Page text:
TOS Zbrojovka FA 2 Vertical
Smallest in the range, the FA2V, FA2H and FA2U all had a table 200 mm wide by 1000 mm long (7 7/8" x 391/4") with three 14 mm (39/16") T-slots on a 42 mm (121/32") spacing and both a power and "rapid" feed longitudinally - the traverse and vertically being, as standard, by hand. Table drive was by a separate 370 kW (0.5 h.p.) 2770 r.p.m. motor. The rapid feed was driven from the same motor (flange mounted against the rear of the feed gearbox that was fitted at the left-hand side of the saddle) with initial drive through a pair of bevel gears and then through multi-plate clutches with overload protection - a single, spring-loaded directional lever on each axis providing the control. Travel stops were not mechanical but electrical, their activation stopping the motor.
Longitudinal travel on all types was 640 mm (25") by hand and 630 (243/4") under power; cross-feed travel (by hand only) varied according to the year: on the Universal and Horizontal models from 210 to 220 mm without the bracing struts and 165 to 175 mm with - while on the vertical the difference ranged from 225 to 235 mm. Vertical travel of the Vertical and Horizontal was 375 mm but reduced to 300 mm on the Universal - though a slight variation in these figures over the years is also possible. Thirteen rates of power feed were available, these appearing unchanged during the production run and ranging from 14 to 900 mm/min - the full range being: 14, 20, 28, 40, 56, 80, 112, 160, 224, 315, 450, 630 and 900.
Positive lubrication of the feed speed-change gearbox was by a piston pump, the recirculating supply also able to be directed (unfortunately not automatically but by pressing a handle), to send oil to the table feed screws and their support bearings and the sliding surfaces of table, saddle and knee - though the column surfaces of the latter, and the bearings of the table's longitudinal feed screw, were lubricated through grease nipples. The heavily loaded knee screw was lubricated by an oil bath.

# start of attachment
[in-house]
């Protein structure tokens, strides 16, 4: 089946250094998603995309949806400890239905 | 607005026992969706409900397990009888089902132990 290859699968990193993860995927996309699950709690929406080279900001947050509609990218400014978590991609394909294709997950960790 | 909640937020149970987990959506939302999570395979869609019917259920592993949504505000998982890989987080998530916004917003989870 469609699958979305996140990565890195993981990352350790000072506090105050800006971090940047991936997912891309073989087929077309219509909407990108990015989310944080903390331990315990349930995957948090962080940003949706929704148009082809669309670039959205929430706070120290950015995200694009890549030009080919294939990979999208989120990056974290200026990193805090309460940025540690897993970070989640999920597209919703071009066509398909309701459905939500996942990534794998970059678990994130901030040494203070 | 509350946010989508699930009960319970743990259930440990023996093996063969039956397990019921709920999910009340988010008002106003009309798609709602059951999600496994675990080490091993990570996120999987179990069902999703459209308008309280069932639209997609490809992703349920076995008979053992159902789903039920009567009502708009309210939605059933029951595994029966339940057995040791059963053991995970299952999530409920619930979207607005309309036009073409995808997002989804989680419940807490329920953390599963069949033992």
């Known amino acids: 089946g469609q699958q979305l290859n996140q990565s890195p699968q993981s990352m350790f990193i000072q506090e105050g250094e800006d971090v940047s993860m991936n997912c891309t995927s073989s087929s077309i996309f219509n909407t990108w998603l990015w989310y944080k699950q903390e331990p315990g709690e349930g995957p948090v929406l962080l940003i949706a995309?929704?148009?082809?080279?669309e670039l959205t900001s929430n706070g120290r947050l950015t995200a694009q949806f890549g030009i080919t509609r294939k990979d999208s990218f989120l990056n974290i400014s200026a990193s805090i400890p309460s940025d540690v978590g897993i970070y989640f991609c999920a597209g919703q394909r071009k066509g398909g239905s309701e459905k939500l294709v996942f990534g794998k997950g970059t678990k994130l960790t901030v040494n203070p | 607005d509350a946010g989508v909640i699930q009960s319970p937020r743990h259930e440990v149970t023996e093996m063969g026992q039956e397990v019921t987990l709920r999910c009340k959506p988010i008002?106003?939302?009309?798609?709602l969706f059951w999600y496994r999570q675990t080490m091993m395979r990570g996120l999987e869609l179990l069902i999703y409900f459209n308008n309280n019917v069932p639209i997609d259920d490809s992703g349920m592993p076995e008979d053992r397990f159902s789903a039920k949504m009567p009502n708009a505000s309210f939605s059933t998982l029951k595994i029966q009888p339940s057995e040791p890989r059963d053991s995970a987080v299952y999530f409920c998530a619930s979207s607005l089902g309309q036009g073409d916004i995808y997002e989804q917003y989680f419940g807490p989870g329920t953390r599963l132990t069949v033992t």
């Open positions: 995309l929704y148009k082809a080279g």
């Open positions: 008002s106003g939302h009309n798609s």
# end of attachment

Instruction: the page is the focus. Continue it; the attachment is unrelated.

Both horizontal and vertical spindles were mounted on their noses in a precision-grade, double-row roller bearing with a tapered bore that allowed a very precise adjustment to be made of the running clearance. Spindle nose fittings listed as being available included an INT 40 and No. 4 Morse - doubtless others would have been supplied to special order.
On the vertical head, which could be swivelled 45?each side of upright, the quill had a fine-feed travel of 60 mm with, instead of a screw-type adjustable depth stop, a telescopic design that was also connected to a dial indicator. In addition, for very precise work, it was possible to fit slip gauges into the stop mechanism.
Drive to both vertical and horizontal spindles came from a low-profile, 1430 r.p.m. 3 h.p. motor flange mounted against the rear of the main column with control by forward-reversing switch and "Start-Stop" push buttons - that for "stop", when held down, bringing in an electrically applied braking effect created by a rectifier supplying direct current to the motor - the system being listed by the makers as being of the "Alnico" type. Motor overload protection was by thermal relays and the operator provided with an Ammeter to gauge how hard the machine was working.
Twelve spindle speeds were supplied, these being generated by a gearbox held within the main column and operated by two levers: one rotary the other quadrant. The speed range was identical for all three models: 63 to 2800 r.p.m. as standard but with the option of higher range that spanned 90 to 4000 r.p.m. Lubrication of the speed-change gearbox, spindle bearings and bevel drive to the vertical head was by an electrically driven gear pump.
Coolant was held in the hollow foot of the miller and supplied by an electrically-driven pump. Returning coolant and chips were drained from the table and saddle through broad channels in the knee and then into detachable pans at either side (these holding coarse separator screens), before returning to the base where the compartment was divided into a number of settling tanks.
Electrical contactors, fuses and associated hardware were grouped together in a compartment at the back of the machine, the whole assembly being mounted on a neat, slide-out tray.
Supplied as part of the standard equipment with each new machine were the following: a milling arbor, coolant equipment, a complete electrical installation to the customer's voltage requirements, a grease gun, a set of spanners and an instruction book.